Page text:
Look, everyone’s tired of the COVID-19 pandemic, including us, but unfortunately, it has continued into 2022. And talks have continued around natural immunity and how that plays into ending the pandemic.
One event being pointed to now is the hamlet of La Crete using Ichor Blood Services (a private Calgary lab specimen collection company) to test for antibodies. Over 1,200 people paid $100 each in mid-December to have their blood tested for antibodies and while the company has proclaimed “the pandemic is over” in La Crete, an infectious disease expert at the University of Alberta (Dr. Lynora Saxinger) has issued caution with the emergence of the Omicron variant in a story with cbc.ca.
The biggest factor here is the fact it’s still unknown what antibody level for COVID-19 immunity needed is. Last October, Alberta Health found about 40 per cent of those unvaccinated had detectible antibodies. Those who have contracted COVID get some natural immunity, but they can still contract COVID again after a while. And with Omicron, there’s still not enough data to know if previous COVID-19 infections protect people for long from re-infection. So, while natural immunity can be achieved, it’s still not an exact science.
Since the numbers from the testing in La Crete have come out, the question has been posed in many municipalities across the province, including here.
“I don’t think they should be spending money on that until they get an idea of what those numbers actually mean,” said Dr. Saxinger to cbc.ca last week. “I think it might actually create a false sense of security, which may not be the best idea right now.”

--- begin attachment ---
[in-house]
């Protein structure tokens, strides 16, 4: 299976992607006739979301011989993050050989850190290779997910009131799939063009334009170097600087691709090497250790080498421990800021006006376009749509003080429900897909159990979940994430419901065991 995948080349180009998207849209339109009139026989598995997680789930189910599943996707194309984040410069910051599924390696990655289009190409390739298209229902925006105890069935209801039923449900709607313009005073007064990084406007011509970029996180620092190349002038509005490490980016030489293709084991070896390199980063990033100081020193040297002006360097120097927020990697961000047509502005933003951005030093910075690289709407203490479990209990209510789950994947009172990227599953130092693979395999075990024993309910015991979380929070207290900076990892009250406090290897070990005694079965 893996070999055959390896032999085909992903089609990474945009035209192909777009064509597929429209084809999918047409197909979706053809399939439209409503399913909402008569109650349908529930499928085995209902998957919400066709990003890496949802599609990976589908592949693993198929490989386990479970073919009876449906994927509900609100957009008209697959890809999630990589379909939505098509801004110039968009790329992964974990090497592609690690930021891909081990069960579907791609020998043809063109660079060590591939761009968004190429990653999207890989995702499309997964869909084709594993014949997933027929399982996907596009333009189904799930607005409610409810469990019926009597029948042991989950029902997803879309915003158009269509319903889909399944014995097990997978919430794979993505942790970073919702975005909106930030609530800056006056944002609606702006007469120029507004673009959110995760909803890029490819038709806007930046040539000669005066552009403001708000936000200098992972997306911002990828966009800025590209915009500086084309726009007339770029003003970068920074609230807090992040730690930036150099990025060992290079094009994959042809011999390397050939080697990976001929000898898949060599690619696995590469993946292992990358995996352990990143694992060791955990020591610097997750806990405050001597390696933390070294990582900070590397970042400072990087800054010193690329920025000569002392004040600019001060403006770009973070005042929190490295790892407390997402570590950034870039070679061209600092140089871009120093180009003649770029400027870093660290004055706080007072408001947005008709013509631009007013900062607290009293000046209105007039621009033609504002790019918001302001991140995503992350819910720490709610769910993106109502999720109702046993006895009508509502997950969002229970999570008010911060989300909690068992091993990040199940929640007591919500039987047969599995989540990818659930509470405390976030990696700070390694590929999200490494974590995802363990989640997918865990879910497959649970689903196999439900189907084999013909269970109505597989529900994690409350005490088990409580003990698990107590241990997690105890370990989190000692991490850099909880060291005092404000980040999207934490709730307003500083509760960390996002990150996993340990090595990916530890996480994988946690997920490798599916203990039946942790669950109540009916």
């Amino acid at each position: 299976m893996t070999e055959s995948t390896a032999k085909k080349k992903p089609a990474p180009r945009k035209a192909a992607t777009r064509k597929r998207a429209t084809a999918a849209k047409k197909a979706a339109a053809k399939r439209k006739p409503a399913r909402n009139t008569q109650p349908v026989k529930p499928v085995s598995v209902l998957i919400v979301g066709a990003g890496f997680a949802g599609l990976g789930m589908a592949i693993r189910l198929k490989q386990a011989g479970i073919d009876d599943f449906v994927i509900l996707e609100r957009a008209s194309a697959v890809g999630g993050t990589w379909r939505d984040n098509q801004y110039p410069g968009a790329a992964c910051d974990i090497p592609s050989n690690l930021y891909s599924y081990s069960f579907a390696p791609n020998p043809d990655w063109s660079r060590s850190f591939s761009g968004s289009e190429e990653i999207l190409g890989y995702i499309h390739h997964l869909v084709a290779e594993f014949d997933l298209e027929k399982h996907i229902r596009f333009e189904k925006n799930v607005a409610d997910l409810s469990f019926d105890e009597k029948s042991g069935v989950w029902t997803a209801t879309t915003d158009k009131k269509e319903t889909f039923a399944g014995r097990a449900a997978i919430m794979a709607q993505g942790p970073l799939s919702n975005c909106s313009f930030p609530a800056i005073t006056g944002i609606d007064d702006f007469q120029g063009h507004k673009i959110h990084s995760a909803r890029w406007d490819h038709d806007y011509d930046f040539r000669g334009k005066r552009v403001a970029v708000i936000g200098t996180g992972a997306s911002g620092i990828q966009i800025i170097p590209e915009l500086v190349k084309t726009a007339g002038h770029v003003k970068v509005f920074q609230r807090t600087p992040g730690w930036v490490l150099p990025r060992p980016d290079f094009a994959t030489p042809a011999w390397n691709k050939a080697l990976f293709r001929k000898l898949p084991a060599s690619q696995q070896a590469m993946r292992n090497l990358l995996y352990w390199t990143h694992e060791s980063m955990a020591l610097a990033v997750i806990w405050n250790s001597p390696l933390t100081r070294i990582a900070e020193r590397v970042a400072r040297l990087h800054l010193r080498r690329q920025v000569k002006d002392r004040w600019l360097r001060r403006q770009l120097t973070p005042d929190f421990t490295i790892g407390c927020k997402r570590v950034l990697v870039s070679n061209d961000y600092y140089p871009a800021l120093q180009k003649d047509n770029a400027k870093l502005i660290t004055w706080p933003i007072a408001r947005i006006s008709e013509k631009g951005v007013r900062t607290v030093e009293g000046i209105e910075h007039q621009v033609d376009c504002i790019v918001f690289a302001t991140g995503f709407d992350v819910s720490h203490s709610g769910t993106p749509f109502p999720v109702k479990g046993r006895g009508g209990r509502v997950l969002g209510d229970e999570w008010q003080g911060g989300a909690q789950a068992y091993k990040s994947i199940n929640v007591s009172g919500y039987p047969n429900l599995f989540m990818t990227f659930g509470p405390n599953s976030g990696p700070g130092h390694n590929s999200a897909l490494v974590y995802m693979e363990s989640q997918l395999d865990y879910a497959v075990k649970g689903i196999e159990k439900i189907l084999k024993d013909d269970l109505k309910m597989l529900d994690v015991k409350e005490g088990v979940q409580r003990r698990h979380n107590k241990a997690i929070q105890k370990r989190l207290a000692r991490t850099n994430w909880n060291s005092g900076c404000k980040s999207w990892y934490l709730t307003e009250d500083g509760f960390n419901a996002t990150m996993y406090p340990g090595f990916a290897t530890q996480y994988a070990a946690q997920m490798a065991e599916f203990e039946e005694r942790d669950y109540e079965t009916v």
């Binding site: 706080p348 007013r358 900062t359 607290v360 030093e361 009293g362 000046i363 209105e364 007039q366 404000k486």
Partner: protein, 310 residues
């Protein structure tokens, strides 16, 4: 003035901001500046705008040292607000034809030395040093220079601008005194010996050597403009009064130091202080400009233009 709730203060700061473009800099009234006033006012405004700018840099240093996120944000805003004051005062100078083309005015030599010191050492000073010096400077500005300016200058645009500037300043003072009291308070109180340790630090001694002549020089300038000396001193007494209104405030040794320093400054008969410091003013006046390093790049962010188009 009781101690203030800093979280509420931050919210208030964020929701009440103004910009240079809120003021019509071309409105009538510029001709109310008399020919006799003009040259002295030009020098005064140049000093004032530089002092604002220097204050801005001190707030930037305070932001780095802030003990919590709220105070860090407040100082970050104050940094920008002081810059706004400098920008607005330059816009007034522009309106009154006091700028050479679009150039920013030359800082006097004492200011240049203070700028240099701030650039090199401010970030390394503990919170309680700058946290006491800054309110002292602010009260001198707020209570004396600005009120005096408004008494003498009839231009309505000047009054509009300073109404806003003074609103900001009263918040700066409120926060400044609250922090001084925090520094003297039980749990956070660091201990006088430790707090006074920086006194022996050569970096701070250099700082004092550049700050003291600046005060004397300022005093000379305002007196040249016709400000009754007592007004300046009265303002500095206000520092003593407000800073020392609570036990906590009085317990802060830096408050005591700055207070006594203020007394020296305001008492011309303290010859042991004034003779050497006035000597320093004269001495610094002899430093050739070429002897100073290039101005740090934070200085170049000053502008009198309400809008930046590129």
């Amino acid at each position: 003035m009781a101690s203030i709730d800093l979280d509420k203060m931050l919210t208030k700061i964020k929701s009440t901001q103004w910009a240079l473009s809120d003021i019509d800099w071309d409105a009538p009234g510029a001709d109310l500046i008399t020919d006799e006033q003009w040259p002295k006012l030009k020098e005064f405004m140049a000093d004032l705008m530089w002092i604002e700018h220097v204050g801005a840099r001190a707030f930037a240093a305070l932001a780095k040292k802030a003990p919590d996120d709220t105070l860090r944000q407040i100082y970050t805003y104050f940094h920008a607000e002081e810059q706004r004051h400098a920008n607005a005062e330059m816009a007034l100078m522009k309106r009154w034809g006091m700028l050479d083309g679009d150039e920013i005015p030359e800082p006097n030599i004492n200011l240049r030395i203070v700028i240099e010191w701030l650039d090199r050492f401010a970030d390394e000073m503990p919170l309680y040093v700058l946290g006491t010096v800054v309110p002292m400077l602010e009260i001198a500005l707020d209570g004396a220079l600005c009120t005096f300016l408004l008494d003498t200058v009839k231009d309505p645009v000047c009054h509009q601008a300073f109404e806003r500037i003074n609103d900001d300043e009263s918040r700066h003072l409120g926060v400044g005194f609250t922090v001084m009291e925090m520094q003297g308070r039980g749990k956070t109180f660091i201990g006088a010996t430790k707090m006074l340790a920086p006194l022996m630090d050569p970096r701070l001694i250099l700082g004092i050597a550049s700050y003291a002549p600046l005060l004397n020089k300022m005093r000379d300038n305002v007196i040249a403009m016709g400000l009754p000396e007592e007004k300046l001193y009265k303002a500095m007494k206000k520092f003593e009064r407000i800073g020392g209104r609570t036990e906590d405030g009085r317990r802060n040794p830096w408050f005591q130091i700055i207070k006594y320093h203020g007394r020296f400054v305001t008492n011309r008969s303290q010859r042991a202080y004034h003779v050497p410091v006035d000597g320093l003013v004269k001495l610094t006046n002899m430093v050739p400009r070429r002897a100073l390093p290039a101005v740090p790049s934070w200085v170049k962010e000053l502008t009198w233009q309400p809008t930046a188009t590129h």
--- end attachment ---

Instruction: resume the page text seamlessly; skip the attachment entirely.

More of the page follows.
We’re definitely not health experts, but all we can do is relay information they provide to us. Could this eventually be a form of proving you’re immune to COVID-19? Sure, but at the moment it’s not being recognized and $100 is a lot of money. When more research is done, maybe this will be an effective way to show you are indeed immunized from COVID. Another challenge continues to be the rapid pace of new variants.
Vaccinations are free, and while many people have already decided that’s not for them, it is an available way to protect yourself from COVID-19 and it can help protect the people around you. As of Jan. 12, 7,981,5443 doses gave been administered, 89.7 per cent of Albertans over 12 have at least one dose, 85.7 per cent of Albertans over 12 are fully vaccinated and there have been 2,259 adverse events following immunization.
And to reiterate, just because you get a vaccine, it does not mean you will not get COVID — it just means symptoms will be much less severe. And the emergence of new variants brings new challenges to vaccines as well, but the government has opened up booster shots to everyone who is six months out of their second dose.
The dawn of a new year is upon us, and while we all hope it means fewer restrictions and less COVID talk on a day to day basis, we don’t know for sure how much longer this will last. Be courteous when around other people and wear a mask indoors to limit the spread of germs. Even if you don’t like wearing a mask, I think you can admit it’s led to fewer colds over the last two years. Let’s keep working together and try and end this thing because it truly has grown tired.